Sulaiman, who was born in Ciudad Victoria, Mexico in 1931, went from amateur boxer and low-level official to ultimate boxing power broker over the course of nearly seven decades in the sport.
Elected president of the WBC in 1975, Sulaiman would fortify his power within the organization to such a degree that he would eventually be given the official title of “President for Life.”
During his tenure as president, Sulaiman worked to appease the sport’s power brokers and money men, playing free and easy with the organization’s own bylaws and creating outrage among fans as well as among fighters who lacked the right connections.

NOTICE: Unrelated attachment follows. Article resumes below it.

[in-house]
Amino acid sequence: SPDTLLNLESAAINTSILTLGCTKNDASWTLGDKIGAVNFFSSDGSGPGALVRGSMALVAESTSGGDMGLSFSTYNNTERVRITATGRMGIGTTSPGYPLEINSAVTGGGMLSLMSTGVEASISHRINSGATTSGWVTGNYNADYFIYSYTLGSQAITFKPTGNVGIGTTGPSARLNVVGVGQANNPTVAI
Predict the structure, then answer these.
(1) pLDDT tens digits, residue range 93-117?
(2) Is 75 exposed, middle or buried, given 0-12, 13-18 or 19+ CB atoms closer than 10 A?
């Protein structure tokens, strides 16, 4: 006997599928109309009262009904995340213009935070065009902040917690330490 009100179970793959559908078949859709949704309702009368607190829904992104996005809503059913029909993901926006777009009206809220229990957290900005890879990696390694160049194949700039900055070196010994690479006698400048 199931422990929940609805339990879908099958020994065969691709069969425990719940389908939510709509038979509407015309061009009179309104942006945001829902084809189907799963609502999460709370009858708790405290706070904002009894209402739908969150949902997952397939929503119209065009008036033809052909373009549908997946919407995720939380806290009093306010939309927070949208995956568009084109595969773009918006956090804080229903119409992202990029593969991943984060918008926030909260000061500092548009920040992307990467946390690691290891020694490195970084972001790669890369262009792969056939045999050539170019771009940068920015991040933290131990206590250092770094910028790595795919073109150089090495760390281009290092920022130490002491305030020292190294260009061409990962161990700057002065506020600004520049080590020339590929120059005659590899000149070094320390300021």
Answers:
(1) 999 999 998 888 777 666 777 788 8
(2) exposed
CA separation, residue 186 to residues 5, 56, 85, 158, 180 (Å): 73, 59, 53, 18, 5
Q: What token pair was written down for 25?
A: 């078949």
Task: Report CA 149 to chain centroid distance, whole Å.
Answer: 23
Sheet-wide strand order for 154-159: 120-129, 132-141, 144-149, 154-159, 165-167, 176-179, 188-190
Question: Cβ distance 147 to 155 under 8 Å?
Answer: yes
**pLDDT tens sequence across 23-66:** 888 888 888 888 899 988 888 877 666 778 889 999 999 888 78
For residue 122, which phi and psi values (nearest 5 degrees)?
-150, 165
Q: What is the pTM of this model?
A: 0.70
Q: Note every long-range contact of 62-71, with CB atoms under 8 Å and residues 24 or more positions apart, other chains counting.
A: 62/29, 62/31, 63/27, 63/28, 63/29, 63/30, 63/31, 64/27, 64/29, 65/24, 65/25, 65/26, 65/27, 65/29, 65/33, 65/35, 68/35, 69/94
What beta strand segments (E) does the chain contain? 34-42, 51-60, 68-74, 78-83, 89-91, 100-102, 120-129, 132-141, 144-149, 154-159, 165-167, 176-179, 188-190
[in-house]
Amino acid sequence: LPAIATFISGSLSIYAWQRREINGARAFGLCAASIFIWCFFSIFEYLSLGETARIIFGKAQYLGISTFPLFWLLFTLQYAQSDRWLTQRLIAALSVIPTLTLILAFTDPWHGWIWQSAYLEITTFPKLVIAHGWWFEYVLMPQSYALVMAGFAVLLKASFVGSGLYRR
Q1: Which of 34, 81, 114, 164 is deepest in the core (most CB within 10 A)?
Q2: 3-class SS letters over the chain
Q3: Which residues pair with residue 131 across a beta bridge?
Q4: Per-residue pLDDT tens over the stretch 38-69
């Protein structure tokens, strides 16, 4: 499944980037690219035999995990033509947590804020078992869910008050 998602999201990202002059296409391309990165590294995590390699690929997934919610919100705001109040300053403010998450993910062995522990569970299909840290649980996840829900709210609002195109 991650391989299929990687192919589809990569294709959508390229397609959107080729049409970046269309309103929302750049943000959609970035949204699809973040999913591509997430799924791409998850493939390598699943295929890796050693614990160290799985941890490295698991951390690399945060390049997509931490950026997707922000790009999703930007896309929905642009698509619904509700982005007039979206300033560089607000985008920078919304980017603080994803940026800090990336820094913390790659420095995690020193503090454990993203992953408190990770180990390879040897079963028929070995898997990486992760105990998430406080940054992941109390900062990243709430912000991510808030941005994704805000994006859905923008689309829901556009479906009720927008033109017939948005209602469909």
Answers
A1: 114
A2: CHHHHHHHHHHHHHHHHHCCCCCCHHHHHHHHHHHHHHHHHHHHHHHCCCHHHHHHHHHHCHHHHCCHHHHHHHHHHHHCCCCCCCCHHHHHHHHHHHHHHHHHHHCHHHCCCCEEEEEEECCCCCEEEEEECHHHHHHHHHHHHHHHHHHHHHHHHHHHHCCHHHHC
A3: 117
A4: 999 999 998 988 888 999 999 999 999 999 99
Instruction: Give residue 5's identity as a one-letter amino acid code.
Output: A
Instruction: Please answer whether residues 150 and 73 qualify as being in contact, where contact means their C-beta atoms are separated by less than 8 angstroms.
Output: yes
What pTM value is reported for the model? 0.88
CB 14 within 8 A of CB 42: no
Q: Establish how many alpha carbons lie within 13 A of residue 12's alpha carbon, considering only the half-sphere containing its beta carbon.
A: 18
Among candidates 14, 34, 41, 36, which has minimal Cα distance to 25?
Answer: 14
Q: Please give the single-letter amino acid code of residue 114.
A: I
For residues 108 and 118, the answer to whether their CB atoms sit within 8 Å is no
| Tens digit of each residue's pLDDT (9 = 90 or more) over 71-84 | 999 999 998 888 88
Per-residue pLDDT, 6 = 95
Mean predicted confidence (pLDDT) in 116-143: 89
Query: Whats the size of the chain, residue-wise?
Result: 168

Under Sulaiman, championship bouts went from fifteen to twelve rounds, thumbless gloves were introduced, and weigh-ins were moved from the day of the fight to the day before.
Despite the reforms under his watch, the WBC gradually lost any semblance of legitimacy with countless travesties and injustices taking place on a regular basis under the reign of “Don” Jose.
Still, Sulaiman crowed about his success in creating a better sport and waxed poetic about his positive legacy in his weekly “Left Hook to the Liver” column on the WBC’s own website. Press releases from the WBC also painted Sulaiman as a noble, historic figure and eternal friend and ally to the fighter.
Sulaiman’s son, Mauricio, who has served as his chief assistant for several years, will likely assume control of the organization.